It’s Not Controversial: Factual and Legal Specificity Needed in Permanent Layoffs | Knobbe Martens

MITEK SYS., INC. V. UNITED SERVES. AUTO. ASS’N

Before Dyk, Taranto and Cunningham. Appeal from the United States District Court for the Eastern District of Texas.

Summary: Plaintiffs for declaratory relief must identify particular facts justifying standing and defendants must make it clear whether motions to dismiss Rule 12(b)(1) are face or factual challenges.

Mitek Systems, Inc. (“Mitek”) sued United Services Automobile Association (“USAA”) for a declaration of non-infringement of four patents related to check photography. Following the transfer, the District Court for the Eastern District of Texas dismissed the case in a nine-page order for lack of jurisdiction or, in the alternative, pursuant to its discretion to dismiss the suits for trial. declaratory. Mitek appealed.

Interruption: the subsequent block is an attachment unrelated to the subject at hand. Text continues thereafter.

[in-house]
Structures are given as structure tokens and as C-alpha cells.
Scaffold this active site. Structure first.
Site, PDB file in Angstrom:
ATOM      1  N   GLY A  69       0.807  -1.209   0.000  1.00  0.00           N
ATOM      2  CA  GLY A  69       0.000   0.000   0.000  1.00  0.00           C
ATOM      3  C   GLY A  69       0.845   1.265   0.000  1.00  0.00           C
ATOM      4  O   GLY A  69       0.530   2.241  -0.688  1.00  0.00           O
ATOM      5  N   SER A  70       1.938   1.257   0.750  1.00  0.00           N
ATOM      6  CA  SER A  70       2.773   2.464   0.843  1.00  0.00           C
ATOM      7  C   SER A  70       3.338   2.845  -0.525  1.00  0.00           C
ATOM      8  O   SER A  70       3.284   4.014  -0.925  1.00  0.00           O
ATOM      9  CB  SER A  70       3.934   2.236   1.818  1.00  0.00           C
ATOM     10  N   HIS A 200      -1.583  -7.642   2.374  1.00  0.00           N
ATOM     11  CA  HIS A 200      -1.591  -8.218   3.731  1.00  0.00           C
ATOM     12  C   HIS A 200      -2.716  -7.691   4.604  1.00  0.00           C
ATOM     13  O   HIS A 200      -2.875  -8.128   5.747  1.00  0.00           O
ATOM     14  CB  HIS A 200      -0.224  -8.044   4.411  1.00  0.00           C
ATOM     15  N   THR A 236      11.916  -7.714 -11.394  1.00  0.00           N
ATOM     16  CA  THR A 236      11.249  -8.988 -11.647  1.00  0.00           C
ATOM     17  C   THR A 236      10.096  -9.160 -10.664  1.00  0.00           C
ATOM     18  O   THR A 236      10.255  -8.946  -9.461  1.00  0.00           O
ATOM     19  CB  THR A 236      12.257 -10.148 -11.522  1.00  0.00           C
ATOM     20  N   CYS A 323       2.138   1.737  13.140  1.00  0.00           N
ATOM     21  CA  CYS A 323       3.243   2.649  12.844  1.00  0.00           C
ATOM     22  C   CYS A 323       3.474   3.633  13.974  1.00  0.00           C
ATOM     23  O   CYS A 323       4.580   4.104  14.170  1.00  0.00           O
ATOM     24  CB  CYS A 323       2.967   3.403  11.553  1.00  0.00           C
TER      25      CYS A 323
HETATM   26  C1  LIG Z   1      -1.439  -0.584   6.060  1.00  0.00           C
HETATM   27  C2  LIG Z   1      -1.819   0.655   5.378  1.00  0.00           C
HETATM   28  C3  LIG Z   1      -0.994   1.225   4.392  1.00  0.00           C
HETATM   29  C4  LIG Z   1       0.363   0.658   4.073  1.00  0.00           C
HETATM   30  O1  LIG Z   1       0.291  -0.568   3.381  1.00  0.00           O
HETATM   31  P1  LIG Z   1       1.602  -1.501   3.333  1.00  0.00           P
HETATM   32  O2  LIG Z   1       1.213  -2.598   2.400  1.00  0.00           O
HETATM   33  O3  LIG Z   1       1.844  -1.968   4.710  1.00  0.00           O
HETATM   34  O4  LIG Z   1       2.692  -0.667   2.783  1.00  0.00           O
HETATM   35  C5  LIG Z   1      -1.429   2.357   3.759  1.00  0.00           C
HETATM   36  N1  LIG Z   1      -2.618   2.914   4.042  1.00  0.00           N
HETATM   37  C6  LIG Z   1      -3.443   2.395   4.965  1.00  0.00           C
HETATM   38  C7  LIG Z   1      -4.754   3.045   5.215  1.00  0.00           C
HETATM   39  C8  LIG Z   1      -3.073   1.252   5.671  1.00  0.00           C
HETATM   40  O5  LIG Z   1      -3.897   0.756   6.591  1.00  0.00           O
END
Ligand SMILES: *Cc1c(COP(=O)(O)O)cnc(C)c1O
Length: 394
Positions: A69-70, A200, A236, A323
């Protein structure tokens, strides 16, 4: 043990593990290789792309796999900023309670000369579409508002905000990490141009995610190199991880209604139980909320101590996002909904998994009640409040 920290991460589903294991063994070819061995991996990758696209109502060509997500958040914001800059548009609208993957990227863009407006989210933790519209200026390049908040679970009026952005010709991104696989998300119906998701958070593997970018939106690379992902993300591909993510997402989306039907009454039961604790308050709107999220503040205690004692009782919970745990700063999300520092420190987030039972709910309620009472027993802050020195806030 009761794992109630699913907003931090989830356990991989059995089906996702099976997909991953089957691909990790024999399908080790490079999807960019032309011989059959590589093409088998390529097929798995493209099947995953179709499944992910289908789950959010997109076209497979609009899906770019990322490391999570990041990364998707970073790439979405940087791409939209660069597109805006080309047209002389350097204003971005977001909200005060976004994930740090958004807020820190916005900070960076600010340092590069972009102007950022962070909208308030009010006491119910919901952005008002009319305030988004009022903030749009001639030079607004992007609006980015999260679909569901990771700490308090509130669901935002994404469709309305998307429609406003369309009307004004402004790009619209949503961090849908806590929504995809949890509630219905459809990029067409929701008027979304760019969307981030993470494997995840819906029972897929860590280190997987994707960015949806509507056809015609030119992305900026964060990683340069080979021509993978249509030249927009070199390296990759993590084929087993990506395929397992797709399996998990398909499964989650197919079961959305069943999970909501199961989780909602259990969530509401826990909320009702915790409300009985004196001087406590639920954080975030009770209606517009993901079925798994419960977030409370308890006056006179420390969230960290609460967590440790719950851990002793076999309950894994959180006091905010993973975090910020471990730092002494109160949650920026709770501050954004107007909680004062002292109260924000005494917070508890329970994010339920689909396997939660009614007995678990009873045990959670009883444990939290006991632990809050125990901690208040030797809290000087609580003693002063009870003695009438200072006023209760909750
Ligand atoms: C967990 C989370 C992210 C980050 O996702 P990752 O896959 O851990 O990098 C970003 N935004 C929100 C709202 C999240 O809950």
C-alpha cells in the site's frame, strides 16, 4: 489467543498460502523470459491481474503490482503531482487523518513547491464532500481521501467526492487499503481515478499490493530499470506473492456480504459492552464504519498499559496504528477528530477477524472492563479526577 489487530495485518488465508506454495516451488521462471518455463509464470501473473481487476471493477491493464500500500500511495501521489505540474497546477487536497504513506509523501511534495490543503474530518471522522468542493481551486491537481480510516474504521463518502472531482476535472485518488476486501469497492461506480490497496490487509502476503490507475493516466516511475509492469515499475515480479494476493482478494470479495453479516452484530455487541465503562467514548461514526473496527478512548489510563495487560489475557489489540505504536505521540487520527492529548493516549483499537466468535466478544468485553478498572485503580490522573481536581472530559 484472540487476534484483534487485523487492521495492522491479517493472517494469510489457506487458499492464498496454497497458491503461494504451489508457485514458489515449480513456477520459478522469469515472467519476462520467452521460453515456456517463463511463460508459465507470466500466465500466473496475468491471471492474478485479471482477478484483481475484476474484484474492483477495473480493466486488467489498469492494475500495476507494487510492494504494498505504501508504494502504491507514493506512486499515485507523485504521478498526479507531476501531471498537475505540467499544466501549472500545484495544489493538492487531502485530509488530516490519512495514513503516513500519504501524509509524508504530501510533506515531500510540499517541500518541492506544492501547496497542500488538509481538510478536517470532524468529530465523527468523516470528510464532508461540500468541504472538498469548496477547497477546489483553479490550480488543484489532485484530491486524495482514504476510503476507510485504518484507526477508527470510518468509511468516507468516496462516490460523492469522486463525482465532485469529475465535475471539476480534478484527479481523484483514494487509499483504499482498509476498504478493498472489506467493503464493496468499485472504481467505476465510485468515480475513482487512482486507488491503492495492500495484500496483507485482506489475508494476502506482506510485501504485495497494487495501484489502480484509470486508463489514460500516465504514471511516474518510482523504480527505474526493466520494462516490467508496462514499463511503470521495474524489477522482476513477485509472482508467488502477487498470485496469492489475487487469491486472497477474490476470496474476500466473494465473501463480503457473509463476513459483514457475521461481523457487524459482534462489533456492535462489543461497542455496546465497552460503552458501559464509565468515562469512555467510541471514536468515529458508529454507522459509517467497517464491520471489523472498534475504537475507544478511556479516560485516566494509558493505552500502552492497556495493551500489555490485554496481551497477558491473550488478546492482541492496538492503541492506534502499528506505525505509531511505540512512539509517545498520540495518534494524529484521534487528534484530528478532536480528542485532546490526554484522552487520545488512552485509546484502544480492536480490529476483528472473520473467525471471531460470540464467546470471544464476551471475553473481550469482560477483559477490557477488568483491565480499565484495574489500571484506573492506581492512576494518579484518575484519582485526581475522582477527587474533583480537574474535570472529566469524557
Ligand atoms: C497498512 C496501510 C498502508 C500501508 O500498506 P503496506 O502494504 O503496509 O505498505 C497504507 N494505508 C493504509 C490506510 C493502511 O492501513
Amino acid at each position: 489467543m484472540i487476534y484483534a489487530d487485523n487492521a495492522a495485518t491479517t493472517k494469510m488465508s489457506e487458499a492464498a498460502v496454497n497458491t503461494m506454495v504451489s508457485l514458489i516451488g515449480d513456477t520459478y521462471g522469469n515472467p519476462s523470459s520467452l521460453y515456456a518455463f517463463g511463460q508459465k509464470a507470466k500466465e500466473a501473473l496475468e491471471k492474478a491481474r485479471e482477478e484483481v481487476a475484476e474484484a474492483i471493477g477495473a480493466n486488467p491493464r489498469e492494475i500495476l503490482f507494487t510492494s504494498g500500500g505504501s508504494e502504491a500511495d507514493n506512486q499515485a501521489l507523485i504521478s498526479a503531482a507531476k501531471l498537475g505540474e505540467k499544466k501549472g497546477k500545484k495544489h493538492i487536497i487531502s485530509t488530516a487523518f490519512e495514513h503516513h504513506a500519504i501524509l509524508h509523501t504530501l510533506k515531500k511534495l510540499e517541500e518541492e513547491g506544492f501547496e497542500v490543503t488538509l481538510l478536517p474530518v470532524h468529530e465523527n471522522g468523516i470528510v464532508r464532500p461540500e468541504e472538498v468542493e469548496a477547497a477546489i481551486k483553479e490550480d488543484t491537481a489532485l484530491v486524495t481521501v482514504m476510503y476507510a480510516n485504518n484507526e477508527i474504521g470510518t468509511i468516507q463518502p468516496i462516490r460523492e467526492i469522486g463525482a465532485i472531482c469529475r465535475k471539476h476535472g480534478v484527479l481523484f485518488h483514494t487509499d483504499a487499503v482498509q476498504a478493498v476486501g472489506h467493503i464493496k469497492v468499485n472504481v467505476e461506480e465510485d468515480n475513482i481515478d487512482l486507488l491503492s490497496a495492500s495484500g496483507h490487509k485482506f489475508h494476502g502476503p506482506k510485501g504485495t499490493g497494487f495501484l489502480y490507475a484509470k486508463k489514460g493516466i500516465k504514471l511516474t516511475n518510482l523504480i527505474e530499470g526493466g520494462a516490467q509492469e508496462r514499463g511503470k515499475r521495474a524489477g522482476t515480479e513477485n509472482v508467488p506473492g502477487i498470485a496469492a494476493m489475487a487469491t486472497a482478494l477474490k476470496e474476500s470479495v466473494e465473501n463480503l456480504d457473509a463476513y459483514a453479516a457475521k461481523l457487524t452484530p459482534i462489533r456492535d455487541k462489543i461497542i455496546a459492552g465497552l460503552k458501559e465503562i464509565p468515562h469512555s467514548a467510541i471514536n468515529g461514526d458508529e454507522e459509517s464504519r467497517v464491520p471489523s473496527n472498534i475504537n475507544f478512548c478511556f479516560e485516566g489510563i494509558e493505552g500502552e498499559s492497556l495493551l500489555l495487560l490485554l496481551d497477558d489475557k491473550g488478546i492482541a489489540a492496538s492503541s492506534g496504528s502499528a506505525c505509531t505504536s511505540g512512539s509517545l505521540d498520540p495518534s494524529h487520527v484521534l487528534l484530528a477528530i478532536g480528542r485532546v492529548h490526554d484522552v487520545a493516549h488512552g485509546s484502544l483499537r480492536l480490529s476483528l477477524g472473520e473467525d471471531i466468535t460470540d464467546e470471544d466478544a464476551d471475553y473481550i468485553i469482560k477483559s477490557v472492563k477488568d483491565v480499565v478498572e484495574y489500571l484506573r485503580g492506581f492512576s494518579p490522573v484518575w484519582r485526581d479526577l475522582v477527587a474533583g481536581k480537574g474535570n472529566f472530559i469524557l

The Federal Circuit reversed the dismissal and sent the case back for retrial, noting several issues that required further analysis. The Federal Circuit explained that a motion for declaratory relief satisfies the case or controversy requirement when “the facts alleged, in all the circumstances, show that there is substantial controversy, between parties with competing legal interests. , of sufficient timeliness and reality to warrant the issuance of a declaratory relief.” The Federal Circuit further explained that parties may proceed through two “procedural routes” when challenging the case requirement or of controversy – facial disputes or factual disputes supported by affidavits, testimonies or other evidence. The Federal Circuit noted that “clarity on the route used is important”. The Federal Circuit concluded that “parties [] discussed the issue of the case or controversy at too high a level of generality”, the questions “require[d] finer analysis. . . and more precise determinations. . . both of the parties and of the district court,” and neither the parties nor the district court made it clear whether the challenge was face or factual. The Federal Circuit also overturned the discretionary dismissal for the same reasons.

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